In 2009, the US Food and Drug Administration (FDA) released a guidance for the development of patient-reported outcome (PRO) measures to support labeling claims for new medical treatments and products . This guidance emphasizes the importance of conducting qualitative research throughout the process of instrument development to ensure that the content of the measure is consistent with the patient experience and covers what they consider most important about a condition and/or treatment intervention. Quantitative work to assess the instrument’s psychometric properties, such as reliability and validity, is also recommended. This standard in instrument development is an increasing regulatory requirement for efficacy evaluation and labeling purposes for treatment interventions [5, 6]. Composite measures that combine different aspects of a disease, such as clinically derived signs, patient symptoms, and/or clinical tests, are now viewed by the FDA as concepts that are best measured, scored, and reported separately. Furthermore, both the FDA and European Medicines Agency have recently released guidelines specific to clinical trials of ulcerative colitis, noting the importance of including an adequately validated PRO to assess symptomatic relief as a primary outcome measure in pivotal clinical trials of UC [7, 8]. For these reasons, a new patient-reported sign and symptom measure for UC was developed and validated according to the US FDA PRO Guidance and is the first symptom measure of UC to meet these guidelines.
The Ulcerative Colitis Patient-reported Outcomes (UC-PRO) instrument was designed to comprehensively assess the signs, symptoms, and impact of UC through six modules. Modules 1 (Bowel Signs and Symptoms) and 2 (Abdominal Symptoms) comprise the UC-PRO Signs and Symptoms (UC-PRO/SS) measure. Module 3 addresses Systemic Symptoms, Module 4 addresses Coping Strategies, Module 5 addresses Daily Life Impact, and Module 6 covers Emotional Impact. Any or all of these modules may be used in any given study.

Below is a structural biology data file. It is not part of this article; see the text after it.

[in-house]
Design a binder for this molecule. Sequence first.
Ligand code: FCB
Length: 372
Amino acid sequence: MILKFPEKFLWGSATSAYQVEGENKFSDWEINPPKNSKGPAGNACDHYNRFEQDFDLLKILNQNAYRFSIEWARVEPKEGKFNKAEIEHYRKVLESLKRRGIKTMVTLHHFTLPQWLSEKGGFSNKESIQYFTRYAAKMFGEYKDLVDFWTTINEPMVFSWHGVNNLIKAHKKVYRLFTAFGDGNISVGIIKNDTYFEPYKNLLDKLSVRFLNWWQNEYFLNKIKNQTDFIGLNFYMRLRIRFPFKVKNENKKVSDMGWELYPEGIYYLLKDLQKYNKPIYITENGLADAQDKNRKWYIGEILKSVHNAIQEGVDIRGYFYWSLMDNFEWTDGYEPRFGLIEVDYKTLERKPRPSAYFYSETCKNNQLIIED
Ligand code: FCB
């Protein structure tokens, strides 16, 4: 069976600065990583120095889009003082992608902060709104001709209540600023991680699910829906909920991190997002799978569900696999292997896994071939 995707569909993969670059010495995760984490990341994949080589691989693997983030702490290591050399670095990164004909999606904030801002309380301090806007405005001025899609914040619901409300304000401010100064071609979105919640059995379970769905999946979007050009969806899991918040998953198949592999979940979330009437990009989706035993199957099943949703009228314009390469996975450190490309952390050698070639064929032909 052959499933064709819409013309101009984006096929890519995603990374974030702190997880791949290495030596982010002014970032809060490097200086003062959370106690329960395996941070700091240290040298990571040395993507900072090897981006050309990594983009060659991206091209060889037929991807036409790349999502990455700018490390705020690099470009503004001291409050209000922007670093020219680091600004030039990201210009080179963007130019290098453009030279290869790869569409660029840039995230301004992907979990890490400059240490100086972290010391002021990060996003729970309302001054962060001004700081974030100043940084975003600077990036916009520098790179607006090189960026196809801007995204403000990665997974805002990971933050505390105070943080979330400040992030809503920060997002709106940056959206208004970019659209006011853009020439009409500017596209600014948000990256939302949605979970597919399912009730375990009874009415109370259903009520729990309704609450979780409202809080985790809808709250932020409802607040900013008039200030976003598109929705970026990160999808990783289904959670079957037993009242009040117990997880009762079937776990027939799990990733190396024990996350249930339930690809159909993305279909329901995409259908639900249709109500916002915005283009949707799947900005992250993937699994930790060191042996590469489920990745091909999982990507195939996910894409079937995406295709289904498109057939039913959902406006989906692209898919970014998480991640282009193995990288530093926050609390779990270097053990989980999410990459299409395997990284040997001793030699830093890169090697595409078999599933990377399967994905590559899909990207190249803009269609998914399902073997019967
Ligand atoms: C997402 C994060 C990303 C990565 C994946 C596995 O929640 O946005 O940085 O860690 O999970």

The focus of this paper is on evaluating the UC-PRO/SS measure in terms of treatment-related outcomes and supporting potential labeling claims related to the gastrointestinal (GI) signs of symptoms of UC from the perspective of the patient. The UC-PRO/SS was developed to quantify the signs and symptoms in clinical trials of adults (18 years of age or older) with moderate-to-severe UC treated in outpatient settings. This paper describes the development and initial validation of this instrument. Given the variability in the symptomatic experience of this patient population, the UC-PRO/SS is completed as a daily diary, and is designed for electronic administration.
As noted throughout the paper, details related to the UC-PRO/SS development and validation are provided in the online Supplementary Material (Additional file 1). Also included in the Supplementary Material (Additional file 1) is information on the Systemic Symptoms scale (Module 3 of the UC-PRO), a five item scale that can be included as part of the daily diary to evaluate the non-gastrointestinal systemic symptoms of UC. Based on the qualitative work, these symptoms were found to be relevant and important to the patient experience. However, systemic symptoms are generally not affected by current gut-specific agents. From a regulatory perspective, such symptoms are considered “distal” to the target disease activity and are therefore less suitable for testing treatment effects and/or inclusion in a product label. Because the intent is to use the UC-PRO/SS in drug development trials, with the qualification of the instrument as a Drug Development Tool for this purpose currently underway , Module 3, Systemic Symptoms, is not included in the CD-PRO/SS measures. At the discretion of the user/sponsor, it can be administered as part of a diary and serve as an exploratory assessment in clinical trials. This scale may also be useful in studies or clinical trials evaluating the systemic component of UC. Information in the online Supplementary Material (Additional file 1) is intended to facilitate use of this Module.